CoatingsPro Magazine

JAN 2017

CoatingsPro offers an in-depth look at coatings based on case studies, successful business operation, new products, industry news, and the safe and profitable use of coatings and equipment.

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Page 26 of 116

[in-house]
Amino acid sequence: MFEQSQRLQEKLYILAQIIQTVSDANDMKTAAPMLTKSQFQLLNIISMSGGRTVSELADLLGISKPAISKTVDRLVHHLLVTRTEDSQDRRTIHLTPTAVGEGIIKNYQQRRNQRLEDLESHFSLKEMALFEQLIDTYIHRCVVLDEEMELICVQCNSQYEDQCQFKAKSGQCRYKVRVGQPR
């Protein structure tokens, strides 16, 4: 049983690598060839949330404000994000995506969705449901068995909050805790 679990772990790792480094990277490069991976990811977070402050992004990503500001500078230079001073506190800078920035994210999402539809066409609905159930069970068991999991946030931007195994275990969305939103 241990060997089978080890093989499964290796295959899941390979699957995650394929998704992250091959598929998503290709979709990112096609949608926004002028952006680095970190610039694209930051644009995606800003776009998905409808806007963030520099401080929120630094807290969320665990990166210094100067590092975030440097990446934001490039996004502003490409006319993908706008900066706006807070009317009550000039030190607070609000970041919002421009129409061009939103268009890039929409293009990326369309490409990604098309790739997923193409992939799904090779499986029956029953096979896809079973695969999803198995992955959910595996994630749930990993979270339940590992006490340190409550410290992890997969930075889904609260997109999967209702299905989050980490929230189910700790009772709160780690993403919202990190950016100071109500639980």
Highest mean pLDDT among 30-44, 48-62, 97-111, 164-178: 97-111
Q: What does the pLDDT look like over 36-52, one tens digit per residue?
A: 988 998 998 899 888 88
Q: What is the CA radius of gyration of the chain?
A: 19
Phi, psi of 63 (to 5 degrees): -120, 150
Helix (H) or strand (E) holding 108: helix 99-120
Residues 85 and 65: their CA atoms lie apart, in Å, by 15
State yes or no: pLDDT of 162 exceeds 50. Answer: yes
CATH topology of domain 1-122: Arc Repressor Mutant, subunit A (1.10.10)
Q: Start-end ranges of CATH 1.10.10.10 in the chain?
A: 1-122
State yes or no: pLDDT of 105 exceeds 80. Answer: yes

26 JANUARY 2017 COATINGSPROMAG.COM Contractor's Corner I s there really such a thing as a bad profit? With business getting larger and more power- ful, and investors feeling and expecting ever greater return on invest- ment (ROI), wouldn't that imply that all profits are good? It is an important question to ask, including for small coatings contracting businesses. e short answer is yes. Bad profits are those profits that are earned at the expense of customer relationships. W henever customers feel misled, mistreated, ignored, or coerced, then the result is a bad profit. is could be something like promising to show up to coat a concrete warehouse floor first thing Friday morning, and then getting there late, or worse, not showing up at all. Bad profits arise when a company saves money by delivering a lousy customer experience. Consider a roof coating contractor who leaves the job with a roof that's not really water- proofed. Essentially, it means that the leadership or the company extracts value from their customers instead of adding overall value to the industry, community, etc. ose of you in leadership positions and those of you who run companies and manage people under- stand that the culture you present to your crew may lay the foundation for success not just in the short term but hopefully in the long term. e leaders who have exceptional core values and focus on good profits — and eliminate bad profits — will not only create companies with long-term success, they will provide products and services that customers will crave, want, and need. W hen leadership and compa- nies don't understand the difference between good and bad profits, the result is that growth suffers in the long term, reputations are hurt, custom- ers become alienated, and employees become demoralized. You and your business become vulnerable to competi- tion. is kind of business may achieve short-term success, but it will always fail in the long term. Steps to Eliminate Bad Profits Bad profits create detractors. ese are people who hurt your company and team members. ey hurt your compa- ny's reputation; they strangle growth and demoralize an organization. ese detractors can be leaders, managers, employees, and customers. e first step in avoiding bad profits is to recognize that this type of person exists, and the second step is to recognize who the detractors are in your world. e third step involves deciding if you can convert your company's detrac- tors into enthusiastic advocates for your company. is is accomplished with top-shelf internal communication and sterling customer service. Create Customers That Promote Your goal is to focus on good profits from good products and/or ser vices. Good profits are earned w ith the customer's enthusiastic coopera- tion. T hey occur when the customers come back time and time again for your products and ser vices. T hey want to tell their friends, family, and acquaintances about their exceptional experience w ith your contracting business. Your crew showed up on time, was respectful, did what they said they'd do, etc. W hen this exceptional experience occurs, your customers become the best promo- tional arm for your business. As promoters, these individuals provide positive marketing for your company; they are loyal and provide the most cost-effective growth for you and your company. It has been estimated that out of all customers, most companies have about 42‒82 percent promoters receiving products and/or ser vices. Your focus should be to improve that percentage as much as possible to boost your good profits. T his is done by training your team — and more training. Some of the most important and least expensive training starts w ith the point of ser vice and the phones. You should ensure that your employees speak clearly and profes- sionally, that they're knowledgeable about your company and products and ser vices, and that they have a solid sales and customer ser vice background. One training technique is to aud io and or v ideo tape these ind iv id- ua ls on the phone and v isit them on jobsites in person for eva luation and mentor ing. A lthough simplis- tic, tr y ask ing the employee about specif ic products or ser v ices that your company of fers. You may be By Dr. Kevin Coughlin, DMD, MBA, MAGD The True Cost of Only Focusing on the Bottom Line

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